The 1964 Aston Martin DB5 is considered to be the most famous automobile in the world.
This is because it will forever be associated as the car driven by fictional British secret agent James Bond in several films spanning over five decades. Writer and creator Ian Fleming had Bond drive a series of 1950s era Bentleys but readers felt such a large and not particularly sporting car was out of character for the young agent. Beginning in the novel Goldfinger, Bond was finally driving an Aston Martin DB Mk III and by the time the movie was shot, the current model DB5 was featured.
In celebration of No Time to Die, the biggest pandemic cinematic release of 2021, Aston Martin announced that they would begin production of only 25 continuation models of the Goldfinger DB5 …. with all of the Bond gadgets in place and fully functional. The first one was completed in 2020 and sold for close to $4 million USD. Continuation models are popular amongst low volume automobile manufacturers because they are selling a very desirable product that may be otherwise impossible to purchase because of savvy collectors. This product is new, built to absolutely authentic specification using original suppliers, materials and hand made methods by a team of trained artisans and backed by the original factory, often with VIN serial numbers consecutive to the original build.
How original and authentic is the DB5 continuation model? It takes 4500 hours to build each one. In contrast it takes only 220 hours to manufacture a modern Aston Martin vehicle. The body of the car was originally designed by the Italian coachbuilder Carrozzeria Touring Superleggera and features a light weight network of triangulated mild steel tubes covered by beaten aluminum panels. Each panel is not stamped by a press but starts off as a flat sheet of aluminum, the curves generated with an English wheel and then caressed into final shape on a wooden buck. The panels are not even welded or adhesive bonded to the steel tubes but clenched by folding the edges over the tubes and crimping them. The only concession to modern manufacturing methods is when something can be made more reliable. For the chassis, it is powder coated to provide better corrosion resistance.
This focus on authenticity means that none of the vehicles can ever pass modern emissions and safety regulations but for a wealthy new owner with a retinue of legal advisors, surely some flexible jurisdiction can be found to register and license it for road use.
My adventure with this DB5 continuation model began just after the New Year. All the images were shot with the Olympus E-M1.2 body and the Leica 15mm f/1.7 prime lens.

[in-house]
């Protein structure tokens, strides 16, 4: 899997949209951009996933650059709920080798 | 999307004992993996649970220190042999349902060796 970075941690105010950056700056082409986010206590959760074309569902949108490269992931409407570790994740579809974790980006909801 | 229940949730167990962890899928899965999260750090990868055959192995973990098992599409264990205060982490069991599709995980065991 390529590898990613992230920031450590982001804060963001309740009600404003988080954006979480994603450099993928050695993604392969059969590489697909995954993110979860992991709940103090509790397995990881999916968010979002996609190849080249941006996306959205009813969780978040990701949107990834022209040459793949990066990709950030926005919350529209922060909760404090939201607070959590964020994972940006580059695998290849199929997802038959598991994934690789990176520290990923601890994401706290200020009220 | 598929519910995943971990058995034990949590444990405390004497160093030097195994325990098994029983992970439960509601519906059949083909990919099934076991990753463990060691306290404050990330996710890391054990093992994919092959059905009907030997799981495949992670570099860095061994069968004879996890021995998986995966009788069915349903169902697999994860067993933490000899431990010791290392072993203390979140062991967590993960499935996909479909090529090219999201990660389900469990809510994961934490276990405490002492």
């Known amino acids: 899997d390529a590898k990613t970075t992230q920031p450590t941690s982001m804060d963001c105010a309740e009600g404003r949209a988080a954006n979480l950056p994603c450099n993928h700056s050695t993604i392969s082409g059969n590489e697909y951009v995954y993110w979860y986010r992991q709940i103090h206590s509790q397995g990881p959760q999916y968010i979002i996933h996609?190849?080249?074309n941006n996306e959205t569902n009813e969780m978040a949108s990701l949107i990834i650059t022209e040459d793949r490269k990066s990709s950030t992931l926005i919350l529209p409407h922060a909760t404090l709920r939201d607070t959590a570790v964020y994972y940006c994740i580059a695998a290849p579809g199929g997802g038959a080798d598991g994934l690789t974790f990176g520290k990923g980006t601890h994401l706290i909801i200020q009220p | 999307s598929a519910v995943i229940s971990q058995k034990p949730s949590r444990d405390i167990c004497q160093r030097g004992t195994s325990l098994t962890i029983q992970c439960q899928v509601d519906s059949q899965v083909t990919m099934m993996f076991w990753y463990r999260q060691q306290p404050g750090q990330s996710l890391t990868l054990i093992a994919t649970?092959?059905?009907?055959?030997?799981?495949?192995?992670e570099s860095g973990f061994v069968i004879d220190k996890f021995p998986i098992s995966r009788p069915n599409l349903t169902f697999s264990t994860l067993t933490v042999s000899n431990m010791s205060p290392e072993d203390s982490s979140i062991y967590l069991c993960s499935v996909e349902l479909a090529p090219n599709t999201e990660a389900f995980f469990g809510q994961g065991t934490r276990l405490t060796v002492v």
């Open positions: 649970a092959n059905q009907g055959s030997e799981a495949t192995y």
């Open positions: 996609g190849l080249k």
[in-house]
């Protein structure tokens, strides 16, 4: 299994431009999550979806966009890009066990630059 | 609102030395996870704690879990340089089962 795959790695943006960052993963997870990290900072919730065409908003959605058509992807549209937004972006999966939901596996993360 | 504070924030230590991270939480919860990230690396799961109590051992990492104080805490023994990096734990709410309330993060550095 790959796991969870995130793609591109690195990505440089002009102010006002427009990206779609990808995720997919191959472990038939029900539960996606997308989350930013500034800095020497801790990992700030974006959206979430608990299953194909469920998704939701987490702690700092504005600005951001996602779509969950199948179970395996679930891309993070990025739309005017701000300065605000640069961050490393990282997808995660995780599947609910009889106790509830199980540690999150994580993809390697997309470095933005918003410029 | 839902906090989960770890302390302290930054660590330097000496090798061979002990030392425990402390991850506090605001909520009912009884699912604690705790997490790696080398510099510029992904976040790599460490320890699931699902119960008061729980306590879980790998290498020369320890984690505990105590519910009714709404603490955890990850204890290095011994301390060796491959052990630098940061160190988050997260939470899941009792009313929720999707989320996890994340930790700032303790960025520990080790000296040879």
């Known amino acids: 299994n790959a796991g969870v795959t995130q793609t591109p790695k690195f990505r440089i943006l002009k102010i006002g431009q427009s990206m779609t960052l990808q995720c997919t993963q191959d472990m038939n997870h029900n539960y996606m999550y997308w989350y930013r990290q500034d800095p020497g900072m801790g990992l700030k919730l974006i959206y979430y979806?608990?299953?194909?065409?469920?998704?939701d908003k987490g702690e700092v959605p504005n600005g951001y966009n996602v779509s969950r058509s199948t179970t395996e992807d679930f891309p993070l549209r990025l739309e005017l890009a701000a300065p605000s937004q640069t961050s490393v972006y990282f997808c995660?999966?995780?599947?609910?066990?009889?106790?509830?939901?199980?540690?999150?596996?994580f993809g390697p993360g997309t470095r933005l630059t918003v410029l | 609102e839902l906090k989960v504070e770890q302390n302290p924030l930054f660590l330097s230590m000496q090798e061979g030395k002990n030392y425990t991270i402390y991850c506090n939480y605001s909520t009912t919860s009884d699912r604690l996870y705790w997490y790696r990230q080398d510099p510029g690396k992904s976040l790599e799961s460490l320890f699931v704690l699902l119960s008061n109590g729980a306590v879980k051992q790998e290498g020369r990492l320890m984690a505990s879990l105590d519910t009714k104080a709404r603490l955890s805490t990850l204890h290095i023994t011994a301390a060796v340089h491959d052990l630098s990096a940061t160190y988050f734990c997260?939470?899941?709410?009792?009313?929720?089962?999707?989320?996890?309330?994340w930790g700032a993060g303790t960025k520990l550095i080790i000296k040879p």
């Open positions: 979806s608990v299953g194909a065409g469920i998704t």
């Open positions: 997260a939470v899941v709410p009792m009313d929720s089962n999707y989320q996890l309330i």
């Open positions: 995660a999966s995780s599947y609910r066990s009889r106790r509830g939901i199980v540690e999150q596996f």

So I have to come clean. I doubt there is anyone in Canada who owns a DB5 continuation model. These are in fact all forced perspective images using an extremely detailed and large 1:8 scale Eaglemoss model.
The use of a larger model means we are no longer restricted to wide angle views of the real world background, we can shoot closer to real world objects, like the drive through lane of Tim Hortons. With smaller models one would have to place the camera so close to the model that its deficiencies would become apparent.
The perfect platform would be transparent and invisible to the camera … like glass. But all glass reflects, even when I tried an expensive piece with special antireflective coatings used in home AV theatres. Even the slightest reflection ruins the illusion.
But when I’m not shooting a wide field like Lake Ontario, I can use a much smaller 2’x1′ platform which can be mounted on a single tripod and easily articulated in all three axes. The winter changes the color of asphalt in Toronto as salt is liberally used to melt ice and snow and on dry days the salt residue gives asphalt a light grey appearance. I tried to mimic that appearance with my paint work by sponging light grey paint onto the flat black base.
My most ambitious and difficult shot was the Tim Horton’s Drive Through. McDonald’s was also a venue consideration given the universality of that restaurant but it would require a wide angle shot in order to get the Golden Arches into view but I want to show off the convincing details of the DB5 close up. Most people are not aware that monster models like this even exist hence the convincing nature of the illusion. The problem required scouting many nearby locations which proved fruitless in the big city of Toronto. Due to the sky rocketing property values in the city, most of these restaurants are built on small lots making it impossible for me to shoot unobtrusively without disrupting the drive through traffic or endangering myself in the process. And there was all sorts of in the way security fencing to keep properties delineated and to keep people from accidentally crossing into car traffic. My solution was to use a location in a much smaller city north of Toronto where I spend two days a week working as a health care provider. I found the perfect Tim Horton’s restaurant where I could safely setup on a public sidewalk protected from the drive through traffic by a planted hedge (now covered and frozen over with snow) with no fencing or signage in the way. Again I threw snow onto the platform and aligned it to superimpose perfectly onto the drive through lane way. And luckily in a small city people are not as concerned with privacy issues as to demand that you stop photographing their car or making a scene about it. Nor does the restaurant manager come storming out to accuse you of trespassing and threaten to call the police!
¹ The Browning machine guns were manufactured during WW2 by the Birmingham Small Arms company, otherwise known as BSA. Spitfire and Hurricane fighter aircraft were equipped with these armaments. This footnote makes sense if you know me.